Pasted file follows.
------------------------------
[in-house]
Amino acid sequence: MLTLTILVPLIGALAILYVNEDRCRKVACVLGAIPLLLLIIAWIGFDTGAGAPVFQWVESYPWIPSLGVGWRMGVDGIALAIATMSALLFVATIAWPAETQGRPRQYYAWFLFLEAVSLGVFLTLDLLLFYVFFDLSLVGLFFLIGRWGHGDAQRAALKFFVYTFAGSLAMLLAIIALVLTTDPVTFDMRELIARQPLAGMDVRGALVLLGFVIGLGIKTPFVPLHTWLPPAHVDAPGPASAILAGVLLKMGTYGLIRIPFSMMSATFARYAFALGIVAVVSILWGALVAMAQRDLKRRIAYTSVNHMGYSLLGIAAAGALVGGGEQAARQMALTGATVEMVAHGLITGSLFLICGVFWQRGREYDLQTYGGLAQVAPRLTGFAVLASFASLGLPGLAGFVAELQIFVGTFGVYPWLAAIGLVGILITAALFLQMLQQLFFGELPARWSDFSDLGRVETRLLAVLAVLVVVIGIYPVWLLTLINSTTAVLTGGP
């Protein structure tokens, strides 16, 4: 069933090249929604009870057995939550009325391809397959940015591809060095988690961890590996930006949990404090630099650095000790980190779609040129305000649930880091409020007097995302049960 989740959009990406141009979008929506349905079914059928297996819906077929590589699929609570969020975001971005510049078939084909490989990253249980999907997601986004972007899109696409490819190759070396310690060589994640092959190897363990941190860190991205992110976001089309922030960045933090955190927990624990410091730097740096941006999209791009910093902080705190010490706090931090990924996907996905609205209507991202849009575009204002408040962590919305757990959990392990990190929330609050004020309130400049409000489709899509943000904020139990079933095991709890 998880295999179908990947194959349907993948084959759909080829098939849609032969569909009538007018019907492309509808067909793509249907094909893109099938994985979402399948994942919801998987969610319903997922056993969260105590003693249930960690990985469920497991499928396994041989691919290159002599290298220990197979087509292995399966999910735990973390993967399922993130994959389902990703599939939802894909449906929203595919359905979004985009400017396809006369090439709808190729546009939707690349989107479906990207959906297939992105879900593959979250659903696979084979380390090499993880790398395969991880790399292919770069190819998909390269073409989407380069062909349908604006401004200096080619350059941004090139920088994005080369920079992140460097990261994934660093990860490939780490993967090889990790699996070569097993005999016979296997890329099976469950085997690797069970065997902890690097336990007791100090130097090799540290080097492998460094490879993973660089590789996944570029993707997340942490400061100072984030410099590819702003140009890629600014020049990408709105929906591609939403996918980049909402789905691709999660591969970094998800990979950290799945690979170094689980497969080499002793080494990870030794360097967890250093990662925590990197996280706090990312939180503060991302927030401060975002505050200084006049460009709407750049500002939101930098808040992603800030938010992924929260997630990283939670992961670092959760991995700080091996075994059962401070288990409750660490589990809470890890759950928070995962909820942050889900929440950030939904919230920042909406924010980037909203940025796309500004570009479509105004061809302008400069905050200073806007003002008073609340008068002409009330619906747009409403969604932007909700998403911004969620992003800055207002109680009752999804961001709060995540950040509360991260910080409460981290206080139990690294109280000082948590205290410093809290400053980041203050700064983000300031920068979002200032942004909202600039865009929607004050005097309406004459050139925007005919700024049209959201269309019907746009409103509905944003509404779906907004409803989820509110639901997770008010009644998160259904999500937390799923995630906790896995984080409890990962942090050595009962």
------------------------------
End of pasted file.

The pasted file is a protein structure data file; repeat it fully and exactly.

[in-house]
Amino acid sequence: MLTLTILVPLIGALAILYVNEDRCRKVACVLGAIPLLLLIIAWIGFDTGAGAPVFQWVESYPWIPSLGVGWRMGVDGIALAIATMSALLFVATIAWPAETQGRPRQYYAWFLFLEAVSLGVFLTLDLLLFYVFFDLSLVGLFFLIGRWGHGDAQRAALKFFVYTFAGSLAMLLAIIALVLTTDPVTFDMRELIARQPLAGMDVRGALVLLGFVIGLGIKTPFVPLHTWLPPAHVDAPGPASAILAGVLLKMGTYGLIRIPFSMMSATFARYAFALGIVAVVSILWGALVAMAQRDLKRRIAYTSVNHMGYSLLGIAAAGALVGGGEQAARQMALTGATVEMVAHGLITGSLFLICGVFWQRGREYDLQTYGGLAQVAPRLTGFAVLASFASLGLPGLAGFVAELQIFVGTFGVYPWLAAIGLVGILITAALFLQMLQQLFFGELPARWSDFSDLGRVETRLLAVLAVLVVVIGIYPVWLLTLINSTTAVLTGGP
């Protein structure tokens, strides 16, 4: 069933090249929604009870057995939550009325391809397959940015591809060095988690961890590996930006949990404090630099650095000790980190779609040129305000649930880091409020007097995302049960 989740959009990406141009979008929506349905079914059928297996819906077929590589699929609570969020975001971005510049078939084909490989990253249980999907997601986004972007899109696409490819190759070396310690060589994640092959190897363990941190860190991205992110976001089309922030960045933090955190927990624990410091730097740096941006999209791009910093902080705190010490706090931090990924996907996905609205209507991202849009575009204002408040962590919305757990959990392990990190929330609050004020309130400049409000489709899509943000904020139990079933095991709890 998880295999179908990947194959349907993948084959759909080829098939849609032969569909009538007018019907492309509808067909793509249907094909893109099938994985979402399948994942919801998987969610319903997922056993969260105590003693249930960690990985469920497991499928396994041989691919290159002599290298220990197979087509292995399966999910735990973390993967399922993130994959389902990703599939939802894909449906929203595919359905979004985009400017396809006369090439709808190729546009939707690349989107479906990207959906297939992105879900593959979250659903696979084979380390090499993880790398395969991880790399292919770069190819998909390269073409989407380069062909349908604006401004200096080619350059941004090139920088994005080369920079992140460097990261994934660093990860490939780490993967090889990790699996070569097993005999016979296997890329099976469950085997690797069970065997902890690097336990007791100090130097090799540290080097492998460094490879993973660089590789996944570029993707997340942490400061100072984030410099590819702003140009890629600014020049990408709105929906591609939403996918980049909402789905691709999660591969970094998800990979950290799945690979170094689980497969080499002793080494990870030794360097967890250093990662925590990197996280706090990312939180503060991302927030401060975002505050200084006049460009709407750049500002939101930098808040992603800030938010992924929260997630990283939670992961670092959760991995700080091996075994059962401070288990409750660490589990809470890890759950928070995962909820942050889900929440950030939904919230920042909406924010980037909203940025796309500004570009479509105004061809302008400069905050200073806007003002008073609340008068002409009330619906747009409403969604932007909700998403911004969620992003800055207002109680009752999804961001709060995540950040509360991260910080409460981290206080139990690294109280000082948590205290410093809290400053980041203050700064983000300031920068979002200032942004909202600039865009929607004050005097309406004459050139925007005919700024049209959201269309019907746009409103509905944003509404779906907004409803989820509110639901997770008010009644998160259904999500937390799923995630906790896995984080409890990962942090050595009962």